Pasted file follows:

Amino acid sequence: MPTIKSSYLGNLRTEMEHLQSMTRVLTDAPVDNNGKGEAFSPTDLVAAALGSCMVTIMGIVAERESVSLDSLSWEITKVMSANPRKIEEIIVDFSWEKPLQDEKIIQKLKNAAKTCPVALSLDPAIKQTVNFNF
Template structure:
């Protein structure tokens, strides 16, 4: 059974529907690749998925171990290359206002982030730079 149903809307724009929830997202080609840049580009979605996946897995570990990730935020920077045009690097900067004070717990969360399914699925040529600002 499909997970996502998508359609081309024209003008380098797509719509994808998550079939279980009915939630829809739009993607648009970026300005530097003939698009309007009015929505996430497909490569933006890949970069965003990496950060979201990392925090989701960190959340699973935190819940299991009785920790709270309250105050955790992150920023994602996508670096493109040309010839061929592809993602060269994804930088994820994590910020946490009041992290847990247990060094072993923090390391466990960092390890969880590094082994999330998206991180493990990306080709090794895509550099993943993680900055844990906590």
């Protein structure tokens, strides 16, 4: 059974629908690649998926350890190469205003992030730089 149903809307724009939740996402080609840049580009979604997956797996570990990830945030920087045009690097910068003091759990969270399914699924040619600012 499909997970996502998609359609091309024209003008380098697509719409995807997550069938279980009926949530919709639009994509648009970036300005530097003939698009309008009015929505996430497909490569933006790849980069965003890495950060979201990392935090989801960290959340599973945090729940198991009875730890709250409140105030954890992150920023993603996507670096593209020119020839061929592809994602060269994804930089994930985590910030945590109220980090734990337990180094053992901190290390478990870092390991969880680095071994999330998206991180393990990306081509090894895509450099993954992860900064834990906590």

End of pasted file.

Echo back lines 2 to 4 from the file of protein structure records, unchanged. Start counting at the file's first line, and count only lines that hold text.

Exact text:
Template structure:
């Protein structure tokens, strides 16, 4: 059974529907690749998925171990290359206002982030730079 149903809307724009929830997202080609840049580009979605996946897995570990990730935020920077045009690097900067004070717990969360399914699925040529600002 499909997970996502998508359609081309024209003008380098797509719509994808998550079939279980009915939630829809739009993607648009970026300005530097003939698009309007009015929505996430497909490569933006890949970069965003990496950060979201990392925090989701960190959340699973935190819940299991009785920790709270309250105050955790992150920023994602996508670096493109040309010839061929592809993602060269994804930088994820994590910020946490009041992290847990247990060094072993923090390391466990960092390890969880590094082994999330998206991180493990990306080709090794895509550099993943993680900055844990906590």
């Protein structure tokens, strides 16, 4: 059974629908690649998926350890190469205003992030730089 149903809307724009939740996402080609840049580009979604997956797996570990990830945030920087045009690097910068003091759990969270399914699924040619600012 499909997970996502998609359609091309024209003008380098697509719409995807997550069938279980009926949530919709639009994509648009970036300005530097003939698009309008009015929505996430497909490569933006790849980069965003890495950060979201990392935090989801960290959340599973945090729940198991009875730890709250409140105030954890992150920023993603996507670096593209020119020839061929592809994602060269994804930089994930985590910030945590109220980090734990337990180094053992901190290390478990870092390991969880680095071994999330998206991180393990990306081509090894895509450099993954992860900064834990906590």